Percentile benchmarks in patients with rheumatoid arthritis: Health Assessment Questionnaire as a quality indicator (QI)
1 Clinical Research Center of Reading, West Reading, PA, USA
2 Division of Immunology and Rheumatology, Department of Medicine, Stanford University School of Medicine, Stanford, CA, USA
3 University of Ottawa, Ottawa, Canada
Arthritis Res Ther 2004, 6:R505-R513 doi:10.1186/ar1220Published: 14 September 2004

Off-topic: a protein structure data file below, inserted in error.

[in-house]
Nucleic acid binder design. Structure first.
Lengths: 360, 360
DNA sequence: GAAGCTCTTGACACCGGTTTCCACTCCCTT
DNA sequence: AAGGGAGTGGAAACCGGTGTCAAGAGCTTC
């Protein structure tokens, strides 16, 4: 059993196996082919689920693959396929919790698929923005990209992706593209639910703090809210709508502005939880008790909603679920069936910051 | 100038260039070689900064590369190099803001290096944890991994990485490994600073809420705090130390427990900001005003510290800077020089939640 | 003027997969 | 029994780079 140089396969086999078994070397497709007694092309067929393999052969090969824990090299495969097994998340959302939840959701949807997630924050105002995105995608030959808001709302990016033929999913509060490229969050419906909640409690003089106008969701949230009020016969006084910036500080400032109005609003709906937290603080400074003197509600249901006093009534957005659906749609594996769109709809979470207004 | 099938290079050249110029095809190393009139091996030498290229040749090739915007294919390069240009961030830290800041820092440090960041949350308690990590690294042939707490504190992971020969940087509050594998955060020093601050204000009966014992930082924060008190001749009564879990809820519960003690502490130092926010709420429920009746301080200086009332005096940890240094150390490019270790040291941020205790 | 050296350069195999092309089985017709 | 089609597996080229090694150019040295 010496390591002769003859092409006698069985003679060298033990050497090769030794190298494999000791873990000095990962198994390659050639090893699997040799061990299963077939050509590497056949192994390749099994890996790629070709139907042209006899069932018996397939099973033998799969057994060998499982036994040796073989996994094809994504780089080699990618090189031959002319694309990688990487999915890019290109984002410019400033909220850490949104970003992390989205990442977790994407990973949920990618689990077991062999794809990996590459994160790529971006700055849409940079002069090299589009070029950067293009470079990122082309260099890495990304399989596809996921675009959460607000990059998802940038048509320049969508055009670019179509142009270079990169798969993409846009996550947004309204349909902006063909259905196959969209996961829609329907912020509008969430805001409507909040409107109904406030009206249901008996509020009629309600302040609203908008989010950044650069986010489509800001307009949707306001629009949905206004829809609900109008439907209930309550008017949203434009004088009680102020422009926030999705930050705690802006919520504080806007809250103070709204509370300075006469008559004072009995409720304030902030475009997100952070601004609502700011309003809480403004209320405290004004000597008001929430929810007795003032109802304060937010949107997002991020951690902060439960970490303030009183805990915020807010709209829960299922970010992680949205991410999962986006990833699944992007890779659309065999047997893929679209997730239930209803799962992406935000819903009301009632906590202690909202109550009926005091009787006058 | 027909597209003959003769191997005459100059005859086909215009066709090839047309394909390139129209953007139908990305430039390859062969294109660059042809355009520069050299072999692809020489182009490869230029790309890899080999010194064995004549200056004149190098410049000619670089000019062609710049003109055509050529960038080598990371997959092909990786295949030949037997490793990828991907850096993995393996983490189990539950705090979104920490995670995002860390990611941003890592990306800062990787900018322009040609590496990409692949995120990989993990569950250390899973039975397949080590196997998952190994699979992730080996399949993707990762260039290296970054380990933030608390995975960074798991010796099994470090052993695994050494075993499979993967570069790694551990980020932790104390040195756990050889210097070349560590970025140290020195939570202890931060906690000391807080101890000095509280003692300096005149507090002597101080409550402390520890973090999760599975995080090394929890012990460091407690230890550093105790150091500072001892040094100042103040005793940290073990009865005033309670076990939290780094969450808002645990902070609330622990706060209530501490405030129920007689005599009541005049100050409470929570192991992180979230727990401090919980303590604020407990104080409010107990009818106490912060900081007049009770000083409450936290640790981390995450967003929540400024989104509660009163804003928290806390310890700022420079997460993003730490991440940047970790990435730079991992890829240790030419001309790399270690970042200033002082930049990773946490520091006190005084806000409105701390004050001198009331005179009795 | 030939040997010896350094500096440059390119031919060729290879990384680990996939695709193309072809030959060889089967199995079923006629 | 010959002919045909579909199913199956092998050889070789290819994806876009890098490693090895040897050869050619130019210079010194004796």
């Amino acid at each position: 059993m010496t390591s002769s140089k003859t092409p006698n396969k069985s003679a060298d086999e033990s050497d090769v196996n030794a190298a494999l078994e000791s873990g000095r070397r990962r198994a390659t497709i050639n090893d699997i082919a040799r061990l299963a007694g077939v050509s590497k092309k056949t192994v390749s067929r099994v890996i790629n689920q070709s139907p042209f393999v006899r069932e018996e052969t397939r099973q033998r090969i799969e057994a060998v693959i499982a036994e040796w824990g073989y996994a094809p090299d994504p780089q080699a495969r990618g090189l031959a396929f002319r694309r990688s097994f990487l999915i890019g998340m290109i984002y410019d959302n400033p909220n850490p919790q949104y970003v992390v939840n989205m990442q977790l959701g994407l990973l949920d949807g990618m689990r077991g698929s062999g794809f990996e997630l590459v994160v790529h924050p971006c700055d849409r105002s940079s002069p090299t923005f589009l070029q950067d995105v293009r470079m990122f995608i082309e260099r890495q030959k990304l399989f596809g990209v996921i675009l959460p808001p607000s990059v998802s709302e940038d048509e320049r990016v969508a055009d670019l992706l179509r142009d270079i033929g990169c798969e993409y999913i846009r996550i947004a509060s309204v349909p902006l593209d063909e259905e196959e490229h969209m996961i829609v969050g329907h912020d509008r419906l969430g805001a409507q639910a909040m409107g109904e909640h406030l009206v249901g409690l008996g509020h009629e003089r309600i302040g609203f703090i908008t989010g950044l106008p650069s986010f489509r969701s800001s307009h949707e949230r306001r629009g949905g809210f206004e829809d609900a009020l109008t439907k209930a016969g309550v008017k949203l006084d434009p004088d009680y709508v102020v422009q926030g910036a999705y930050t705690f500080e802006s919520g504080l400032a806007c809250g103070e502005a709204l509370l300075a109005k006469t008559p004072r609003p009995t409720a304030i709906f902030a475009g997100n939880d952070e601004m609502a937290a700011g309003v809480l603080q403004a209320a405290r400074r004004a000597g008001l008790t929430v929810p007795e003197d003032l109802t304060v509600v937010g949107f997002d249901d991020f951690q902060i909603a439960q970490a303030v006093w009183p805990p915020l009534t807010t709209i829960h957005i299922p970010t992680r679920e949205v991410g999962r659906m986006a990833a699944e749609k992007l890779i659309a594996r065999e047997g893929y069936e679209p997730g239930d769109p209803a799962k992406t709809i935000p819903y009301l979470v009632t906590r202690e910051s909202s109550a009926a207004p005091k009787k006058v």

Physicians are in need of a simple objective, standardized tool to compare their patients with rheumatoid arthritis, as a group and individually, with national standards. The Disability Index of the Health Assessment Questionnaire (HAQ-DI) is a simple, robust tool that can fulfill these needs. However, use of this tool as a quality indicator (QI) is hampered by the unavailability of national reference values or benchmarks based on large, multicentric, heterogenous longitudinal patient cohorts. We utilized the 20-year longitudinal prospective data from 11 data banks of Arthritis Rheumatism and Aging Medical Information to calculate reference values for HAQ-DI. Overall, 6436 patients with rheumatoid arthritis were longitudinally followed for 32,324 person-years over the 20 years from 1981 to 2000. There were 64,647 HAQ-DI measurements, with an average of 19 measurements per person. Overall, 75% of patients were women and 89% were Caucasian; the median baseline age was 58.4 years and the median baseline HAQ-DI was 1.13. Few patients were treated with biologics. The HAQ-DI values had a Gaussian distribution except for the approximately 10% of observations showing no disability. Percentile benchmarks allow disability outcomes to be compared and contrasted between different patient populations. Reference values for the HAQ-DI, presented here numerically and graphically, can be used in clinical practice as a QI measure to track functional disability outcomes and to measure response to therapy, and by arthritis patients in self-management programs.